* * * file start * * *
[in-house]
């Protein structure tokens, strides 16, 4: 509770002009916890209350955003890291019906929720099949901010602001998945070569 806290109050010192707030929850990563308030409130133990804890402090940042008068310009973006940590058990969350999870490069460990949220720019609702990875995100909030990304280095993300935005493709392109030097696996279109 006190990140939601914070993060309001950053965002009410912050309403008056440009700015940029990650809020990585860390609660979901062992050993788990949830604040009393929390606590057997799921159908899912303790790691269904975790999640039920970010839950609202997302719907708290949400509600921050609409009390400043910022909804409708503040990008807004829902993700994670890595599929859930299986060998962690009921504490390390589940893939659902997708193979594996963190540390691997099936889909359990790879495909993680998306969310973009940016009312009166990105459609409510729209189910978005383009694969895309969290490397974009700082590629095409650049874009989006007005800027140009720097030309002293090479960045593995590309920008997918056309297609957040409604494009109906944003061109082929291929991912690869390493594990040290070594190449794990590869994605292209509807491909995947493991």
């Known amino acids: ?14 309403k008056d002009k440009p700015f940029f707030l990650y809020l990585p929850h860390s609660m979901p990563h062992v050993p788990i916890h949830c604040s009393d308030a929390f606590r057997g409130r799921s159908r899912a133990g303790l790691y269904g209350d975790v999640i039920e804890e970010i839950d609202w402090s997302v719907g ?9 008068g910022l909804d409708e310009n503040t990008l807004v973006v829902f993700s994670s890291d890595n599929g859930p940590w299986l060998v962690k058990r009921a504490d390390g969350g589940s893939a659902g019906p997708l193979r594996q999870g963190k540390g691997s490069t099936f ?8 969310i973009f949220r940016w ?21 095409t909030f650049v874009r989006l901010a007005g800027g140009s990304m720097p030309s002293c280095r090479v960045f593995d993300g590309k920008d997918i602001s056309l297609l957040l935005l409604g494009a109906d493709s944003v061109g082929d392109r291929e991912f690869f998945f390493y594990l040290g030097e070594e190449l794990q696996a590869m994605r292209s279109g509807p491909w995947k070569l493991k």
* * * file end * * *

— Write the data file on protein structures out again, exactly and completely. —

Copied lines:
[in-house]
């Protein structure tokens, strides 16, 4: 509770002009916890209350955003890291019906929720099949901010602001998945070569 806290109050010192707030929850990563308030409130133990804890402090940042008068310009973006940590058990969350999870490069460990949220720019609702990875995100909030990304280095993300935005493709392109030097696996279109 006190990140939601914070993060309001950053965002009410912050309403008056440009700015940029990650809020990585860390609660979901062992050993788990949830604040009393929390606590057997799921159908899912303790790691269904975790999640039920970010839950609202997302719907708290949400509600921050609409009390400043910022909804409708503040990008807004829902993700994670890595599929859930299986060998962690009921504490390390589940893939659902997708193979594996963190540390691997099936889909359990790879495909993680998306969310973009940016009312009166990105459609409510729209189910978005383009694969895309969290490397974009700082590629095409650049874009989006007005800027140009720097030309002293090479960045593995590309920008997918056309297609957040409604494009109906944003061109082929291929991912690869390493594990040290070594190449794990590869994605292209509807491909995947493991």
């Known amino acids: ?14 309403k008056d002009k440009p700015f940029f707030l990650y809020l990585p929850h860390s609660m979901p990563h062992v050993p788990i916890h949830c604040s009393d308030a929390f606590r057997g409130r799921s159908r899912a133990g303790l790691y269904g209350d975790v999640i039920e804890e970010i839950d609202w402090s997302v719907g ?9 008068g910022l909804d409708e310009n503040t990008l807004v973006v829902f993700s994670s890291d890595n599929g859930p940590w299986l060998v962690k058990r009921a504490d390390g969350g589940s893939a659902g019906p997708l193979r594996q999870g963190k540390g691997s490069t099936f ?8 969310i973009f949220r940016w ?21 095409t909030f650049v874009r989006l901010a007005g800027g140009s990304m720097p030309s002293c280095r090479v960045f593995d993300g590309k920008d997918i602001s056309l297609l957040l935005l409604g494009a109906d493709s944003v061109g082929d392109r291929e991912f690869f998945f390493y594990l040290g030097e070594e190449l794990q696996a590869m994605r292209s279109g509807p491909w995947k070569l493991k």